Welcome to Sunday Morning Lyricality, featuring a weekly song or poem by a Minnesota writer. Our current guest editor is Susan Thurston.

My heart and home are in harvest mode and the lens named gratitude is the one used in choosing this month’s Sunday selections. The pandemic tempers this first of the five installments. Here we are called to honor and celebrate the passage of time with all of its risks and rewards, and to declare the boundaries that save us and bring us together in the future.

Susan Thurston

We come again to the cabin in the spring
Karen Herseth Wee

as ice on the lake goes out and loons arrive to call
in the night and tiny blooms on the forest floor push aside
yesteryear’s dry oak leaves in the month that my body
–first-ever gift from mother and father–
turns eighty on its grinding tectonic plates of ribs clavicles spine and hips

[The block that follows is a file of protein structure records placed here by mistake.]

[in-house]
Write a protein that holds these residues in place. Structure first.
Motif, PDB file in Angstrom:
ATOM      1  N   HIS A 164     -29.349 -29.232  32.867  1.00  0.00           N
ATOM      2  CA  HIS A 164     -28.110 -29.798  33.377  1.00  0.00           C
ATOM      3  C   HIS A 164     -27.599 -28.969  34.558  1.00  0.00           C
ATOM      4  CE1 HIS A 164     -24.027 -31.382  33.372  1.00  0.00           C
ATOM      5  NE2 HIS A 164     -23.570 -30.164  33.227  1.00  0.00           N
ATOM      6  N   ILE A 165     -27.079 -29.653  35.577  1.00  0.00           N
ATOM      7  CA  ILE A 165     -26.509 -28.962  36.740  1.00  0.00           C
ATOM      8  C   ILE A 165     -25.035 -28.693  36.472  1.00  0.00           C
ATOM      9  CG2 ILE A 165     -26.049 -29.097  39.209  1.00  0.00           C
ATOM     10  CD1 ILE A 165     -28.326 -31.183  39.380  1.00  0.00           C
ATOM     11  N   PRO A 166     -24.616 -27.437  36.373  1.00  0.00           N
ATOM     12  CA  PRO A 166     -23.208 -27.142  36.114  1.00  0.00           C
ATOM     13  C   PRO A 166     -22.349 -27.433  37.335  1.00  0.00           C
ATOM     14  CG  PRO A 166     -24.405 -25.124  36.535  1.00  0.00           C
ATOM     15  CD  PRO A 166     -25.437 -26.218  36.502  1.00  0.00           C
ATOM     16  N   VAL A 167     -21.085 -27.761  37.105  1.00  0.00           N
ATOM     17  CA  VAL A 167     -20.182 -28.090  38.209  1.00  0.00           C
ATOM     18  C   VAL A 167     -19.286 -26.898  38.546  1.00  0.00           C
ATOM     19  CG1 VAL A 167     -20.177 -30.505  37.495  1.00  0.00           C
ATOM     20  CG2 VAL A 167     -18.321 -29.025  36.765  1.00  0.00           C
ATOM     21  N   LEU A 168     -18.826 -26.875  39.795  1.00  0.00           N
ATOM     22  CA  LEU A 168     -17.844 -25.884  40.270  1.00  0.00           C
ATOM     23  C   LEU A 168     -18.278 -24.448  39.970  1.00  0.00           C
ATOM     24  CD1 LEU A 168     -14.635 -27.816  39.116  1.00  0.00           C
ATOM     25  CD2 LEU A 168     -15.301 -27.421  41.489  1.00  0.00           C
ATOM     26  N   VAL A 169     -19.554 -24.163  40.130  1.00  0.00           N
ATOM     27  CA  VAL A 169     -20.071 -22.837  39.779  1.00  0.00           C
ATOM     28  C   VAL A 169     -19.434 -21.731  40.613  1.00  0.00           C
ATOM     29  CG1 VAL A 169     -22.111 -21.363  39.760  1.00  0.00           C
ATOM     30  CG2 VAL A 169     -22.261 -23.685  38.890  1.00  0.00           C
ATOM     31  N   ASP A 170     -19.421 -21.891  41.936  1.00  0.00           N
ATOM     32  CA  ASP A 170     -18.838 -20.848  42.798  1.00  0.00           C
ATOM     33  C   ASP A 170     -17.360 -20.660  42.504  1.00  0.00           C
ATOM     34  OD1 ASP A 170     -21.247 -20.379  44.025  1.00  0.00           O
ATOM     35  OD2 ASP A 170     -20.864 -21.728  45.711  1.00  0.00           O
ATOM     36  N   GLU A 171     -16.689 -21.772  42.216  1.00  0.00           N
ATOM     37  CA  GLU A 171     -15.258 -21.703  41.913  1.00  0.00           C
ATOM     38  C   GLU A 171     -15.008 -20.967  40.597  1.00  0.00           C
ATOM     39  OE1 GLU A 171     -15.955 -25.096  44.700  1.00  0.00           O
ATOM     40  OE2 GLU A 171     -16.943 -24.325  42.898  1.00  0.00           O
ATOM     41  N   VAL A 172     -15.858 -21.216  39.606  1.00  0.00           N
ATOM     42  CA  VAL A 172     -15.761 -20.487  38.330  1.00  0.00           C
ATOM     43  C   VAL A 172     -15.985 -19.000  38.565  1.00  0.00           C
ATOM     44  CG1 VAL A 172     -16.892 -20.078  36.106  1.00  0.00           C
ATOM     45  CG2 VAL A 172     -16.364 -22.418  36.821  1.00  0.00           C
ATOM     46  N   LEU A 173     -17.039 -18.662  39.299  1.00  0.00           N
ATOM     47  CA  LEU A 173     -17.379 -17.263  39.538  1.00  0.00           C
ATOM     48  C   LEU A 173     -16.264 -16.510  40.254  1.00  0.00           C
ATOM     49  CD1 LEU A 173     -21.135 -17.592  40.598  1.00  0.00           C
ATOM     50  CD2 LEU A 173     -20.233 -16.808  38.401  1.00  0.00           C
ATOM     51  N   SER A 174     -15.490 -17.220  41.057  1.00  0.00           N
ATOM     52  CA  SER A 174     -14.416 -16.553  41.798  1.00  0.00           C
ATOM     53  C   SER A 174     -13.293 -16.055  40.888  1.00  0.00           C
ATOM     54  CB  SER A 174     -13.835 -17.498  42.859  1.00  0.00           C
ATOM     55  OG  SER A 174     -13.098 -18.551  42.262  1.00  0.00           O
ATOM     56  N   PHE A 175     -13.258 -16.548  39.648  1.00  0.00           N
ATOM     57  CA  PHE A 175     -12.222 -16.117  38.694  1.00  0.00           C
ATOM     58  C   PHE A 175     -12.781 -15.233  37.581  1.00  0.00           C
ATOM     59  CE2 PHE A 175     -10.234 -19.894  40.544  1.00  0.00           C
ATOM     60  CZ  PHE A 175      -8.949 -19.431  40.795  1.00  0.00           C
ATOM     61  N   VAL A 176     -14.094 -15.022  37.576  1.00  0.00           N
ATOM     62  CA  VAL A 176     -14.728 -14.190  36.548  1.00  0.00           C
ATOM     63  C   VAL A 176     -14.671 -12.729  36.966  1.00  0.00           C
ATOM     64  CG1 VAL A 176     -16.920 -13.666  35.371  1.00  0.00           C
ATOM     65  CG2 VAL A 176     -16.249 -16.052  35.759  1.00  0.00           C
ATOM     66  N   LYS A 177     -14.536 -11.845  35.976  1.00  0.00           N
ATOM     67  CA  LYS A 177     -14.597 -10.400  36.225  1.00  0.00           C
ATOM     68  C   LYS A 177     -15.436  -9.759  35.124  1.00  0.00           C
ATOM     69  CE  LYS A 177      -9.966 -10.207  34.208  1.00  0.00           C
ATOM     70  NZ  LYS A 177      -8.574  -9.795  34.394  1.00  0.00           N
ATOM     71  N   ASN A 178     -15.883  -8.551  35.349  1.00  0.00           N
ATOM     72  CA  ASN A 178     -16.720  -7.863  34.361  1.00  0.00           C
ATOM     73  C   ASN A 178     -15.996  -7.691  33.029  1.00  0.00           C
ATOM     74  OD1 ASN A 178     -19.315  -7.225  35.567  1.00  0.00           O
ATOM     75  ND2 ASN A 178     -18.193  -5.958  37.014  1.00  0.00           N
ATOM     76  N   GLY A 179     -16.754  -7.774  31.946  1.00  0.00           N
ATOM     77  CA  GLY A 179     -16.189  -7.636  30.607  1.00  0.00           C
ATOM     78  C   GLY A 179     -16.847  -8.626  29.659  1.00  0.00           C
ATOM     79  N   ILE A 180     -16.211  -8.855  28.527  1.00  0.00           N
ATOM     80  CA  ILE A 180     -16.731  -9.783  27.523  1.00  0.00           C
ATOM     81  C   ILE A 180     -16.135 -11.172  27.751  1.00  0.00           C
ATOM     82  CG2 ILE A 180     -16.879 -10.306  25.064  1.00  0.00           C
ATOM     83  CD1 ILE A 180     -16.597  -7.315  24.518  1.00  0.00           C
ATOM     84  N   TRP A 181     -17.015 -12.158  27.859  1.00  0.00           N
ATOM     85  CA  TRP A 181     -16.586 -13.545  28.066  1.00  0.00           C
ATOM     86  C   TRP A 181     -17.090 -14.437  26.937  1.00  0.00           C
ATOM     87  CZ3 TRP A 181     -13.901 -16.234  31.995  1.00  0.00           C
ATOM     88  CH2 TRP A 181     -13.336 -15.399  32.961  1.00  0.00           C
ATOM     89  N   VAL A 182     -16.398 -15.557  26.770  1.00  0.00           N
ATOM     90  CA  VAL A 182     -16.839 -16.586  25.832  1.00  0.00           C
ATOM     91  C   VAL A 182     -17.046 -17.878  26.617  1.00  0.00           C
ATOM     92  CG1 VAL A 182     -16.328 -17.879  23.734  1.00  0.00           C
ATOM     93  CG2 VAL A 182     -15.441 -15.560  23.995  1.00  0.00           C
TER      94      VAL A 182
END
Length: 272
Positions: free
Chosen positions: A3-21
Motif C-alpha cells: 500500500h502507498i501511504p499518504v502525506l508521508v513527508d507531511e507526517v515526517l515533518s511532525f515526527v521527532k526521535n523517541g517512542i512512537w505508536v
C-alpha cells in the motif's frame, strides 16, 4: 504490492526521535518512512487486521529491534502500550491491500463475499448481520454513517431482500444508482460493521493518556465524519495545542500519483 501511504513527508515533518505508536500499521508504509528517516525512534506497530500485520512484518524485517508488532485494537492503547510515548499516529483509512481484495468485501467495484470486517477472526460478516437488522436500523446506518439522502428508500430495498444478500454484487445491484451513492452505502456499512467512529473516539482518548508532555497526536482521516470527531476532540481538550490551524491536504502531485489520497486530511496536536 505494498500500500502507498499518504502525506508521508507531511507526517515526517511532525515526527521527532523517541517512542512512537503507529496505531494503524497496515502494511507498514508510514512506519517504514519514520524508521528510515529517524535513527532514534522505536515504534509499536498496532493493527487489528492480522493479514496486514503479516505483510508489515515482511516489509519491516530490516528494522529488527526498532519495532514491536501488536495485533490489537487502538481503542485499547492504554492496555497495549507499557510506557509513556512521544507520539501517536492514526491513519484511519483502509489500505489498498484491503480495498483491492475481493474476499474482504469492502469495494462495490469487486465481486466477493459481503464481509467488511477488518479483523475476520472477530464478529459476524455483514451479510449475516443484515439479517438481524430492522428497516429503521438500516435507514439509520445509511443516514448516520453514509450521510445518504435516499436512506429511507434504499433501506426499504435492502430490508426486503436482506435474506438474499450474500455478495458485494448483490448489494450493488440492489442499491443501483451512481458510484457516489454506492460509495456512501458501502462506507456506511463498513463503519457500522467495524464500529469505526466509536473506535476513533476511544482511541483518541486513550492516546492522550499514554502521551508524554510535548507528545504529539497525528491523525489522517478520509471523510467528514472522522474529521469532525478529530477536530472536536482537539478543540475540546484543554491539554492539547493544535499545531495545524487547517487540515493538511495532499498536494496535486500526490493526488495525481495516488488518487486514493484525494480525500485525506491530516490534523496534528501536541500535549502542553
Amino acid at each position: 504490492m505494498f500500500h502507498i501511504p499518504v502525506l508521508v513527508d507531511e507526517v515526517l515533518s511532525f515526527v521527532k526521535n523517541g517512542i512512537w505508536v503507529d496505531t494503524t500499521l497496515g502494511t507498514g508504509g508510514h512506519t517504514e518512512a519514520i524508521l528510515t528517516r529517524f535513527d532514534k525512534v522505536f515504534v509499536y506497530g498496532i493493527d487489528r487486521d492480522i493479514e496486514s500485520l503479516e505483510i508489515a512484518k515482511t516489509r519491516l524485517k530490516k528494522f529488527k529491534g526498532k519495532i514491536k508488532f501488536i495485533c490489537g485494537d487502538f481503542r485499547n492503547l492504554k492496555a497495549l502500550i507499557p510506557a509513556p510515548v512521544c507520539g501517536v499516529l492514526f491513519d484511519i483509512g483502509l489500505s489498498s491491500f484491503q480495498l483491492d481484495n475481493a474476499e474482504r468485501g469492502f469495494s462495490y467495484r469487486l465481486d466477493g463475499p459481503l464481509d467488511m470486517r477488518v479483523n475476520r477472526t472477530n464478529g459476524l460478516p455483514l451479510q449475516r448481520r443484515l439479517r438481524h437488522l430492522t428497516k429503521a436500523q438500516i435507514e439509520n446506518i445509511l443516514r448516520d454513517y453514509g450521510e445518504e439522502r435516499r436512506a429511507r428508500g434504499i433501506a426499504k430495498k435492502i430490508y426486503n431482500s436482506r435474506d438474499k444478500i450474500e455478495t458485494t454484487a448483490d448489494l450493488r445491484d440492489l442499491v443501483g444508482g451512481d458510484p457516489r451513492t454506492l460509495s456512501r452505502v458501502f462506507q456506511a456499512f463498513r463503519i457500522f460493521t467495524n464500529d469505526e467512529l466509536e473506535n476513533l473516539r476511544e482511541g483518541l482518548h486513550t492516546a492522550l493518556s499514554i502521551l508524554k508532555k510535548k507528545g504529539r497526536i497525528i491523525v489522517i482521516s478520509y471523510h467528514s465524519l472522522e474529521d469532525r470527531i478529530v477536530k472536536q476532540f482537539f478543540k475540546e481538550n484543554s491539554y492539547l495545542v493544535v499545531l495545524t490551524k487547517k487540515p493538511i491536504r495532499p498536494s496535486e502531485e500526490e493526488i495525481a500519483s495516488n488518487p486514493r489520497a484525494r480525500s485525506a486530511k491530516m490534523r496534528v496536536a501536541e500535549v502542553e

some in the geographic terrain I inhabit will feel the seismic-seven quake
as I absorb the idea of eighty years the danger in being this old

to those whom I love I suggest you stand back six feet or more–
like many souls in COVID-19 Years 2020 I’ll manage alone this last
unknowable part banging pots and pans from my windows in thanks for this
frightening birthday and for lifesaving help from family friends and strangers.


Karen Herseth Wee, South Dakota cowgirl, artist, mother of artists, and transplant to academia, is a founding member of Penchant (Northfield Women Poets). Her published work includes The Book of Hearts (Black Hat Press 1993), Baksheesh journal and poems, and inclusion in Absorb the Colors, A Rich Salt Place (1986), Tremors Vibrations Enough to Rearrange the World (1985), and Penchant (2007).

“We come again to the cabin in spring” by Karen Herseth Wee appears with permission of the poet.